Taxing district is sought Charles Village wants protection

January 31, 1993|By William F. Zorzi Jr. | William F. Zorzi Jr.,Staff Writer

Shocked into action two years ago by the brutal murder of a young father of two, a community association in Baltimore's Charles Village is asking the legislature for the power to tax residential and commercial property owners to pay for private security services.

The proposal for a "community benefits district" is the first time that a city neighborhood has asked the government to allow it to raise tax money on its own for private services such as security and sanitation.

"We're not trying to take the place of the city," said Thomas J. Shafer, the administrative partner of Whitman, Requardt and Associates, who is viewed as the father of the plan to take back the neighborhood streets and keep businesses in the area.

"The first thing you do is sign a contract with the city that they will provide a baseline of services," Mr. Shafer said. "We won't have enough money to police or clean this area. This just gives us an extra level of support that we need."

Mr. Shafer became involved in trying to improve the area around the consulting firm at St. Paul and E. 24th streets, after one of his engineers, David Gordon, 25, was shot to death during a robbery in December 1990 as he begged for his life in the company parking lot.

"That gave us the impetus to get involved," Mr. Shafer said. "It caused a lot of stress among our 300 employees, and it caused us to look around the neighborhood and ask could we remain in the city and still attract the kind of employee base we need here."

After meetings with city officials in 1991, the 25th Street Task Force was born to study community concerns and figure out a way to stem the neighborhood blight. The result was a recommendation for a South Charles Village Community Benefits District, which would be overseen by a quasi-public management authority.

That authority -- basically a community association board of directors -- would administer the private security and sanitation services, as well as programs for beautifying and marketing the area to attract new businesses.

Legislation introduced in the Maryland General Assembly would allow the city to slap a tax surcharge on both residential and commercial properties in a 32-block area -- basically an area bordered by Howard Street and Guilford Avenue between E. 20th and E. 26th Streets -- to pay for services in the special district.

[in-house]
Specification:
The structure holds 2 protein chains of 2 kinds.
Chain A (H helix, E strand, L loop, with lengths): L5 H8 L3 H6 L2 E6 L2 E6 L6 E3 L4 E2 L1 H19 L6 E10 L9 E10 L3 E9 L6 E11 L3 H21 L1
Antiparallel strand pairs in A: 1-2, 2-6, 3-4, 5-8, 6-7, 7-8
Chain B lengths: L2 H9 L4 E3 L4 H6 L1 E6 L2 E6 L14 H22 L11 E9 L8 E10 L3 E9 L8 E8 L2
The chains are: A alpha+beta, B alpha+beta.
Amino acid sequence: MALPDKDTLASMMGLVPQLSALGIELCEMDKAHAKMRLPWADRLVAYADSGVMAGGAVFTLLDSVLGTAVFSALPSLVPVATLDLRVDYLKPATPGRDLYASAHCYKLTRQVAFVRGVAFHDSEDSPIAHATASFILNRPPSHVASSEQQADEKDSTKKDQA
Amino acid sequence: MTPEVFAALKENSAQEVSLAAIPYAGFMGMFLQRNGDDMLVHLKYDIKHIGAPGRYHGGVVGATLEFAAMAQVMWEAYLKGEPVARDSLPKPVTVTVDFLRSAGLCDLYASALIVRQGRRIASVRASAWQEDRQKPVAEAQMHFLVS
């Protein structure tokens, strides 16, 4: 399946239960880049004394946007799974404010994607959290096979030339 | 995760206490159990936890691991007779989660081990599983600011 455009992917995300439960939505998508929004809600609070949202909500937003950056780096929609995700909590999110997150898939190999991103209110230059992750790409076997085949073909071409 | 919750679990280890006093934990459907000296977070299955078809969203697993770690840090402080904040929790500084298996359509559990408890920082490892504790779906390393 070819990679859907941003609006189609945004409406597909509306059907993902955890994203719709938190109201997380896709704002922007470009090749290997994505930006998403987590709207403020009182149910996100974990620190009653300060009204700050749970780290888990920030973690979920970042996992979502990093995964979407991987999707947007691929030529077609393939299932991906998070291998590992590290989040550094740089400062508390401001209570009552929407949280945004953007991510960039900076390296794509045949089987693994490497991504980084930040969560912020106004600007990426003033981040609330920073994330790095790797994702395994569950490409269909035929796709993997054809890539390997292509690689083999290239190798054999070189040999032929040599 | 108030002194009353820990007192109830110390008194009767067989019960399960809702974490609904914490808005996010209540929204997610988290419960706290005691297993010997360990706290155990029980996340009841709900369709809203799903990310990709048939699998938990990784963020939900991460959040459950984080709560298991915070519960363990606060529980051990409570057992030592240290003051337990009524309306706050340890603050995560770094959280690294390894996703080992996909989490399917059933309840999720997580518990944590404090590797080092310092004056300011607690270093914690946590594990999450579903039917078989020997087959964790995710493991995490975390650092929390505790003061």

"If you lose those businesses, you lose twice: You're talking about losing jobs and tax revenue," said Del. Kenneth Montague Jr., D-Baltimore, who introduced the enabling legislation Friday in the House of Delegates.

"It's not the best situation, but it's something, until the city can pay for additional services," Delegate Montague said. "Right now, I think the city and state are hamstrung with what services they can provide."

Already a portion of the affluent Guilford community in North Baltimore has hired off-duty police officers to provide neighborhood patrols -- and the interest in additional security is spreading.

Sen. Julian L. Lapides, D-Baltimore, is expected to sponsor enabling legislation for the Charles Village plan on the Senate side of the State House. And he also is talking about introducing a bill to create a special taxing district for his own Bolton Hill neighborhood, which has already initiated a private security program paid for by residents.

"I mean in Bolton Hill they're paying $520 a year, $10 a week, (for security) and it isn't even tax deductible," Mr. Lapides said. "If it were a special benefits district, it would be included as part of the property tax, and therefore, tax deductible."

The senator said he is also weighing introduction of legislation in Annapolis that would enable neighborhood groups citywide to petition theCity Council to start programs similar to the one in South Charles Village. City officials, however, predicted that such a proposal would run into trouble.

The original draft of Delegate Montague's Charles Village bill extended the northern limit to E. 29th Street, a 15-block area. But opposition at a community meeting 2 1/2 weeks ago by residents who said they had not received adequate notice of the possible surcharge convinced city and state officials to pull back the boundary to E. 26th St.

City Council President Mary Pat Clarke, who has been behind the plan from its inception, agreed at the meeting to shrink the boundaries, when some residents north of E. 26th Street turned confrontational with community leaders and elected officials.

"We're going back to where we have consensus and support. . . . We need to get this legislation and get it moving," Mrs. Clarke said. "I don'twant to jeopardize two years' work."

If the bill became law, the Baltimore City Council would then fix the formal boundaries and set out the powers of the management authority by ordinance.

The authority's financial plan and assessment rate then would be set and approved by the Board of Estimates, the body that controls the city's finances.

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